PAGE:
Calzones, samosas, bisteeya–virtually every culture has their version of a savory handheld pie. Some are clearly better than others (I’m talking to you, Hot Pockets). And for my money, one of the very best is the traditional Argentine empanada.
The most traditional empanadas are filled with chopped or ground beef spiced with cumin and paprika and mixed with tomato, olives, hard-cooked egg, and raisins. Together, these ingredients add up to more than the sum of their parts through a complex balance of meatiness, acidity, sweetness, and salt.
Since we’re currently hanging out in Buenos Aires for a bit, I thought we should learn to make proper empanadas. We spent a sunny Saturday afternoon in the kitchen with Norma Soued, a practicing clinical psychologist who gives Argentine cooking workshops out of her Belgrano apartment. Norma teaches in a mix of Spanish and English and speaks fluent French as well–perfect for the parade of foreigners who attend her classes each week.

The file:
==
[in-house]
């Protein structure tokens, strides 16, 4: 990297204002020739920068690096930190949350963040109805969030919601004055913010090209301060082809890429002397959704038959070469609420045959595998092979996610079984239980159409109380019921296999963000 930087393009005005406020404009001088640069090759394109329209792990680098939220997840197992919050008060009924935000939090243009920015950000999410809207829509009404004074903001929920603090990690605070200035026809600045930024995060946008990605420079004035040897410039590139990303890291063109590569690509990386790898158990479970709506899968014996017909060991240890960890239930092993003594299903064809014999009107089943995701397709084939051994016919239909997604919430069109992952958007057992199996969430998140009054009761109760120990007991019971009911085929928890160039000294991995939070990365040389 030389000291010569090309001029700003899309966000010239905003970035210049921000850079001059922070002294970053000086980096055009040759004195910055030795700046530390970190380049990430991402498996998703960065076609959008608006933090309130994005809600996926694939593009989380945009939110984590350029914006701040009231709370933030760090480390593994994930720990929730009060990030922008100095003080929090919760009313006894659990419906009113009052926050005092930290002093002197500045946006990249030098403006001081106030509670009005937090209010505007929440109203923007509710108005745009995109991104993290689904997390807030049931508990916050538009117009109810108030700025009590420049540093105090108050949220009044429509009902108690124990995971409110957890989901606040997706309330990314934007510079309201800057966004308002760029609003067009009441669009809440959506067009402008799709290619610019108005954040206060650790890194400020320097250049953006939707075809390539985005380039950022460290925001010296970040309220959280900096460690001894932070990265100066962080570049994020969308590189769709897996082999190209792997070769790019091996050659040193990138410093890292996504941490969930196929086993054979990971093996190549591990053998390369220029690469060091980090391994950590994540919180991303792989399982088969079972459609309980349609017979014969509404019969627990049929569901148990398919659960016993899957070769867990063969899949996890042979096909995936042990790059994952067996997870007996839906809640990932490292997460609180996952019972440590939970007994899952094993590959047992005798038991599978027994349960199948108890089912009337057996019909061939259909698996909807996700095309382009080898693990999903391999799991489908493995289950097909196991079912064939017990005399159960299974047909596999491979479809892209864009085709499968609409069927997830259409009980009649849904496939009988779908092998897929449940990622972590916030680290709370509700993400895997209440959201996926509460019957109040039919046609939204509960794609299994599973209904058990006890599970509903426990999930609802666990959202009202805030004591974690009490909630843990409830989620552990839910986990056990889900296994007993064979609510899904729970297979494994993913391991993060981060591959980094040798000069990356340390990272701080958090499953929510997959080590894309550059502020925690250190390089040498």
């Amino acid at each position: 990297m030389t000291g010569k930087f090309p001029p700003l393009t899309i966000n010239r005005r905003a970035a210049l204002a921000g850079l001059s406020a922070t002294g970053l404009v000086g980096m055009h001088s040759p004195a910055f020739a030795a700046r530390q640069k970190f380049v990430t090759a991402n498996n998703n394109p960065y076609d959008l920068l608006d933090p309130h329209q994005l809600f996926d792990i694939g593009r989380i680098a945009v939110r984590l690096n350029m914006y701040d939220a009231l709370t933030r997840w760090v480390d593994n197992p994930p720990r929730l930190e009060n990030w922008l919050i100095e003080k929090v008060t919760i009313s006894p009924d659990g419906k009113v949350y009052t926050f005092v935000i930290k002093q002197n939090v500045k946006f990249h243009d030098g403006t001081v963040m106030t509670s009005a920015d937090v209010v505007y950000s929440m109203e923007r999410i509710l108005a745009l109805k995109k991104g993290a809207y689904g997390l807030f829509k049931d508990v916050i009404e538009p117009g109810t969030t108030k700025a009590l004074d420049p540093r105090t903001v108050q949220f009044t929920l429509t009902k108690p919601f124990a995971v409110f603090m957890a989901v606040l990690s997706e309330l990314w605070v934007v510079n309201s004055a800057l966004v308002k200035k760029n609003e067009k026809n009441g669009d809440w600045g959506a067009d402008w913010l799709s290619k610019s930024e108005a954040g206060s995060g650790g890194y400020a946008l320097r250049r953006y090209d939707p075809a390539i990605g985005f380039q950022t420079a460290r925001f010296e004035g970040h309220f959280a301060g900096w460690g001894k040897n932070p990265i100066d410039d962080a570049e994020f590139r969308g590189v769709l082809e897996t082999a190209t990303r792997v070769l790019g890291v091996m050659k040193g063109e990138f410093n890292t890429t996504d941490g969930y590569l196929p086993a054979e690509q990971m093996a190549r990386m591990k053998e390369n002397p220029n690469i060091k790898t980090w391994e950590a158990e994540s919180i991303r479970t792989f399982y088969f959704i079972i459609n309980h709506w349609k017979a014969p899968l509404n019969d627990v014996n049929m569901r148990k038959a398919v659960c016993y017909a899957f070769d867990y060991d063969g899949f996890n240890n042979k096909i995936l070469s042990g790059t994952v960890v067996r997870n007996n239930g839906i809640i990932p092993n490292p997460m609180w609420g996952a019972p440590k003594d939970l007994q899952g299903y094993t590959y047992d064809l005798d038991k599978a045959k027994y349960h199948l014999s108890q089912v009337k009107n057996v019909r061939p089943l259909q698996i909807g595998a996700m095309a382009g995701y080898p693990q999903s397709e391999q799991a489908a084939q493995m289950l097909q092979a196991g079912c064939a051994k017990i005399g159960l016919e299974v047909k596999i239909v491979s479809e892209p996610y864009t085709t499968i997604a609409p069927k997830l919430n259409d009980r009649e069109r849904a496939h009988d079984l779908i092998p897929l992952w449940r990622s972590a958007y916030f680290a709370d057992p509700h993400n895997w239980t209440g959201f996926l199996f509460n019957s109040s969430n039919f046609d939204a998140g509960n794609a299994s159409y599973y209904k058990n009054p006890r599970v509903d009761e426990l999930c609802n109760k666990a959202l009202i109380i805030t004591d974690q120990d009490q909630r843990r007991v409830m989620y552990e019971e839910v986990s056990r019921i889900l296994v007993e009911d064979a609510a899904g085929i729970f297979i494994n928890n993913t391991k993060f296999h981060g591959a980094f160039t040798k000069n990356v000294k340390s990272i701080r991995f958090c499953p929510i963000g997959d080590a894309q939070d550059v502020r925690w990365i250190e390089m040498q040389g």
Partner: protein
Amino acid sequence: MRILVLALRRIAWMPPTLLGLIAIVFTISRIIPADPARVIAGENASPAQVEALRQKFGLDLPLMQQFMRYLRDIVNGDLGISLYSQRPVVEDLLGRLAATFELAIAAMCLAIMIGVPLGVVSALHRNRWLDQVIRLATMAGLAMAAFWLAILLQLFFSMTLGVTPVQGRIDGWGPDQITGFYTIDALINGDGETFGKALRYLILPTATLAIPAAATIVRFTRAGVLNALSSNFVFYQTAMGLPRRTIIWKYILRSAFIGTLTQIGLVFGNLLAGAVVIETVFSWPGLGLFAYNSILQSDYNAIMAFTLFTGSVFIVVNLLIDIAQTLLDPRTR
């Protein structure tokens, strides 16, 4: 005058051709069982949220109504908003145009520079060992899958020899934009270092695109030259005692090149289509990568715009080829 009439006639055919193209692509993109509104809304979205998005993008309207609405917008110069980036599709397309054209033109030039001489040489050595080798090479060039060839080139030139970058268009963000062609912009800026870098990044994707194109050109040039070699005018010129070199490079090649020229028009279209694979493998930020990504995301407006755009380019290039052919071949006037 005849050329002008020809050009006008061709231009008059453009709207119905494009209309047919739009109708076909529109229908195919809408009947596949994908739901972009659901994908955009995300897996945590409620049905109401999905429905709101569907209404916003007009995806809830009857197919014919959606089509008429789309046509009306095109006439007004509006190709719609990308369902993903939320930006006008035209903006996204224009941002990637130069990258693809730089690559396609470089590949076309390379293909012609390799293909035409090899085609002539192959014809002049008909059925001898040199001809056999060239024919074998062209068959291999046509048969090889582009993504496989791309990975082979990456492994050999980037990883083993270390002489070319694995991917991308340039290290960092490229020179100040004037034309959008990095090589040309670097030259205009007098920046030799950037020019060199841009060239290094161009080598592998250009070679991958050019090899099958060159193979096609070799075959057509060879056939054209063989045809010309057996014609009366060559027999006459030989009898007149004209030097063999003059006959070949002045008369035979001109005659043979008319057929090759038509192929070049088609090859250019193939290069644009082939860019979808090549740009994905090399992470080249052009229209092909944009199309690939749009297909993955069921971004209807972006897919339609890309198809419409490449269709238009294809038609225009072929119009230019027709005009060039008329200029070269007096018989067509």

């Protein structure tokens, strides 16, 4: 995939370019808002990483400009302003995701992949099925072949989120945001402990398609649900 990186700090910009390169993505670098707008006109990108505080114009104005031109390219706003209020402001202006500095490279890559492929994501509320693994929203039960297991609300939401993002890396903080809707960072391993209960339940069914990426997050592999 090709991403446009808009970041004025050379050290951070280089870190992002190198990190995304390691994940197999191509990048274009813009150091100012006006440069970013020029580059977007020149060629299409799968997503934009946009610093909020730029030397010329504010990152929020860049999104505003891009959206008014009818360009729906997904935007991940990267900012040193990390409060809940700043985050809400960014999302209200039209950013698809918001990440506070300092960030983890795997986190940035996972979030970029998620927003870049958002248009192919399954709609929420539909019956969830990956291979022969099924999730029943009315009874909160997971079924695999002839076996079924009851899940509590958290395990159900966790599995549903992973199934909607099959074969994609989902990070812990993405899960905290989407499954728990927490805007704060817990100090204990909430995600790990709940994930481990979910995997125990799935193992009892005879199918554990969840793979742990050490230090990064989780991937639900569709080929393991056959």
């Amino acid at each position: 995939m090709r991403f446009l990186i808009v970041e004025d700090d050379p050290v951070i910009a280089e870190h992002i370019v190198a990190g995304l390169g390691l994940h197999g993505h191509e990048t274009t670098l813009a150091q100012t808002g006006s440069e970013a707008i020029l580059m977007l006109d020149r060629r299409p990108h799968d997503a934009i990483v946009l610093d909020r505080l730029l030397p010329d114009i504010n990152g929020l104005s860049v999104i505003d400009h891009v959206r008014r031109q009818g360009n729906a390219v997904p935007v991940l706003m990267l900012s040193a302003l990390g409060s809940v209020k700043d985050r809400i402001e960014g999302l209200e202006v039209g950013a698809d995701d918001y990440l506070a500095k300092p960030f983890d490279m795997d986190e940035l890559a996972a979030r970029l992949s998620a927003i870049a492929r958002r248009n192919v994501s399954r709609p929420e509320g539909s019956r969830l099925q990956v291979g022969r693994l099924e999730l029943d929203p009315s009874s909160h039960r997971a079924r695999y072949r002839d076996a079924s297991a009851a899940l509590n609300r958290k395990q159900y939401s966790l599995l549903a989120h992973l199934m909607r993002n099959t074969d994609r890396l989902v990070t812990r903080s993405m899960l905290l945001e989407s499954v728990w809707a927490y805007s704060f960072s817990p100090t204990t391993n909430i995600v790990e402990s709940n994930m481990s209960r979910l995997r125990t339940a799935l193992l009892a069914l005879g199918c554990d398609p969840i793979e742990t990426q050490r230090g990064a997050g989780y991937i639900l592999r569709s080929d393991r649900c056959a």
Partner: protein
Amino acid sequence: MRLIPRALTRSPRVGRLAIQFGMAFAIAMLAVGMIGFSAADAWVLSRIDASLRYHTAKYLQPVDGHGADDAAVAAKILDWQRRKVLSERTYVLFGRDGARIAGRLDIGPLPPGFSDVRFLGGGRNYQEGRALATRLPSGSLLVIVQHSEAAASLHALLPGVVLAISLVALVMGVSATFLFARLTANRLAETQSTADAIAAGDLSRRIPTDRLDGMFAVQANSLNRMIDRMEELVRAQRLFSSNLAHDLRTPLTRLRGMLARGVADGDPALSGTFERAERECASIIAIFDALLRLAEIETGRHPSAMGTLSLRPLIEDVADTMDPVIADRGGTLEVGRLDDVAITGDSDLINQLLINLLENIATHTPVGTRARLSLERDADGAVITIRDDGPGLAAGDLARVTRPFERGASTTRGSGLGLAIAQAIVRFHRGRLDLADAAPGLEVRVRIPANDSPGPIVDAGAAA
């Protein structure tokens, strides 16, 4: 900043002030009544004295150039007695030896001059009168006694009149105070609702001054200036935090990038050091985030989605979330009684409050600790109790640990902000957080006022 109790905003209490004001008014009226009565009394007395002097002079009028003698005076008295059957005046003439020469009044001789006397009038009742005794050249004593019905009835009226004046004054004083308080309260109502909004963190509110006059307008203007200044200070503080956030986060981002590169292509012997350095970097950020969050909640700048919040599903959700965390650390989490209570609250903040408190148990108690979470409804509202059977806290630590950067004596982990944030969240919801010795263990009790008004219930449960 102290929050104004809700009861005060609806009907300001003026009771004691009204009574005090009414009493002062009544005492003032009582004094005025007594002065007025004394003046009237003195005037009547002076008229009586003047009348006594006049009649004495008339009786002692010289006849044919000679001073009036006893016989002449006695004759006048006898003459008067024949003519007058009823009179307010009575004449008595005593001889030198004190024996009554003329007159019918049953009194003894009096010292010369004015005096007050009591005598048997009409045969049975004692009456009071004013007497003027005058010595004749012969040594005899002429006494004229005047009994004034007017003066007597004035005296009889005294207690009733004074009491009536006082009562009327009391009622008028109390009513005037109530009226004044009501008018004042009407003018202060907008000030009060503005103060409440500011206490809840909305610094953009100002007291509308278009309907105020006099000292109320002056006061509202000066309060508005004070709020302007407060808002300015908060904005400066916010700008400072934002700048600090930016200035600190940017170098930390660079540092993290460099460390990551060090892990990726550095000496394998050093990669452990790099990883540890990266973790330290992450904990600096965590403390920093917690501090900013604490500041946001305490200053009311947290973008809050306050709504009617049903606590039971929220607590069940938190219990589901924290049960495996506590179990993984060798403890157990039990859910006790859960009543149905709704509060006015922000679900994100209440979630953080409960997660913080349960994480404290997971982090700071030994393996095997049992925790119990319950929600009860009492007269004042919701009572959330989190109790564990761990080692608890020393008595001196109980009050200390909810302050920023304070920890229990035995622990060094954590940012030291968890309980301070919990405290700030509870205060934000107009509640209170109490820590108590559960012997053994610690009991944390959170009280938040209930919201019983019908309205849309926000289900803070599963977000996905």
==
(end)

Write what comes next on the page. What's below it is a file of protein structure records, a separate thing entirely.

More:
Step 1: Make the filling. Start by sauteeing the aromatic vegetables (onions, garlic, scallions, and diced red and green bell peppers) and then add the meat and brown it a bit. Remove the mixture from the heat and let it cool (the filling will turn out mushy if you mix in the rest of the ingredients while it’s still warm). Then mix in chopped green olives, raisins, and chopped hard-cooked egg.
Step 3: Turn the edges. Norma made this look really easy… but it’s not. Holding the closed empanada in your left hand, pinch the closed edge starting on the end closest to you. Flatten a section of the seam and turn it away from you, then move up the seam and repeat. To see Norma demonstrate this technique, check out this video.
Et voila! Empanadas.